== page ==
I was using my DSLR (D5200) to digitize some old negatives. Many articles stackoverflow helped with ideas. SO I have a backlit surface on which I place the negative & then take a closeup shot of the negative. I then copy the negative image to my computer & convert/reverse it to a positive through a freeware program (a java program).

My question is on the exposure settings for the negative. After I take a shot of the negative, the histogram tells me its quite underexposed (the graph is mostly to the very left), but when I view the jpeg after reversal of the negative to a positive I find the image I get is almost entirely burned out. I have to then use a image editing Software (ViewNX 2), to reduce the brightness (-99) to get to see a decent picture. Why do I have to reduce the brightness, is this normal or is there something wrong with my process.

Maybe this is the basic thing that is expected to happen when we turn negative images to positives, not sure.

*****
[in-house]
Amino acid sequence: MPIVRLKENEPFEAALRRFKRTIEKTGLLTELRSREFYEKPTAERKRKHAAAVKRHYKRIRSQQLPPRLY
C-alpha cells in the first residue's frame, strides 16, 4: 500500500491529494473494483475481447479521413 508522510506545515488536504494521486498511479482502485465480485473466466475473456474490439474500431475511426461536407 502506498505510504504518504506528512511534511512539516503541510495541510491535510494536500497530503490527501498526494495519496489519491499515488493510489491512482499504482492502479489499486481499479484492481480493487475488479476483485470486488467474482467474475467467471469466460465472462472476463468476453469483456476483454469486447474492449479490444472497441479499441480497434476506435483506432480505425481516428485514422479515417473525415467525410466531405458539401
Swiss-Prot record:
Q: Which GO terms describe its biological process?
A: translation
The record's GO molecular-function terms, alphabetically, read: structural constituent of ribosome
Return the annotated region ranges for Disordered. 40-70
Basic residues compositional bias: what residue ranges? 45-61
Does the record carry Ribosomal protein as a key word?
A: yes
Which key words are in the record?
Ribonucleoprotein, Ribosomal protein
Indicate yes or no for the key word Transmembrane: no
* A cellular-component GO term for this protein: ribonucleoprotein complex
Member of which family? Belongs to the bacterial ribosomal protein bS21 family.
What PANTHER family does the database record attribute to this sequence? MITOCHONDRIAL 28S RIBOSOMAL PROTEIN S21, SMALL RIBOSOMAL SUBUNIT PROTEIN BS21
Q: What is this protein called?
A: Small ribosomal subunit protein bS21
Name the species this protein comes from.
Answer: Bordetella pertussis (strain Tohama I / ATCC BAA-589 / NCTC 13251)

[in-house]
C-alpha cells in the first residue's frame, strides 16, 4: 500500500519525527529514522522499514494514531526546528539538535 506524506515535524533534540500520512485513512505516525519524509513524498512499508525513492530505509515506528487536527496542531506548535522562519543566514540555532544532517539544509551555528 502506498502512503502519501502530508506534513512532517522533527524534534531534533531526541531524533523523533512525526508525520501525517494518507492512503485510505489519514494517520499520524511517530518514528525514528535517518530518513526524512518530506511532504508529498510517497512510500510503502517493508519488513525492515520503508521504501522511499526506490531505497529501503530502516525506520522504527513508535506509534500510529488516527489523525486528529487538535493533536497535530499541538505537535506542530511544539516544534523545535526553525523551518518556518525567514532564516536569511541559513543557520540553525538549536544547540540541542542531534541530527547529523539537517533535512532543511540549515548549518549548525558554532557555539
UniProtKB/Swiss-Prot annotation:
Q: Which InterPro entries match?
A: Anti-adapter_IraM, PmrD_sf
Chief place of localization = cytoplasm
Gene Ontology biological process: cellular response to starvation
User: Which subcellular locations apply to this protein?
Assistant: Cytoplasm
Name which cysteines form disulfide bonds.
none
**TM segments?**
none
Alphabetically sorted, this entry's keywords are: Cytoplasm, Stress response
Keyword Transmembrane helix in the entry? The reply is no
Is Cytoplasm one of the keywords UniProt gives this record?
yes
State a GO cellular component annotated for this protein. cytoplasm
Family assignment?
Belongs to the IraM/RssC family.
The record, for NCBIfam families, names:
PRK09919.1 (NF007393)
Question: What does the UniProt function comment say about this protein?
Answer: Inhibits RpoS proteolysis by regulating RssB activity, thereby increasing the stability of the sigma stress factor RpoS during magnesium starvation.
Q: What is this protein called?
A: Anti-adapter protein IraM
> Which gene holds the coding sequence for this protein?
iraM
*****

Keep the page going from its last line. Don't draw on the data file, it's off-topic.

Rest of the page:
What should be the exposure setting when I photograph a negative?


Keep in mind that dark is bright on a negative. Anything black is going to become white, so underexposing the image of the negative results in an overexposure of the positive. Boost your original exposure of the negative and the inverted version will be more natural. It's probably being exposed dark due to being on a light table which is probably throwing off your auto-exposure, so you either need to alter your exposure compensation or set your exposure manually.

  • I did not mention this but, my exposure was manual, my focusing was auto. Maybe I should have tried the auto exposure too. I guess I was in manual mode & just continued. I will try with a higher exposure setting for the next set of negatives tomorrow & share the results.
    – user132797
    Aug 17 '13 at 16:51
  • I enhanced the exposure by about 4 stops & the positives come out without the washout. Thanks.
    – user132797
    Aug 18 '13 at 6:34

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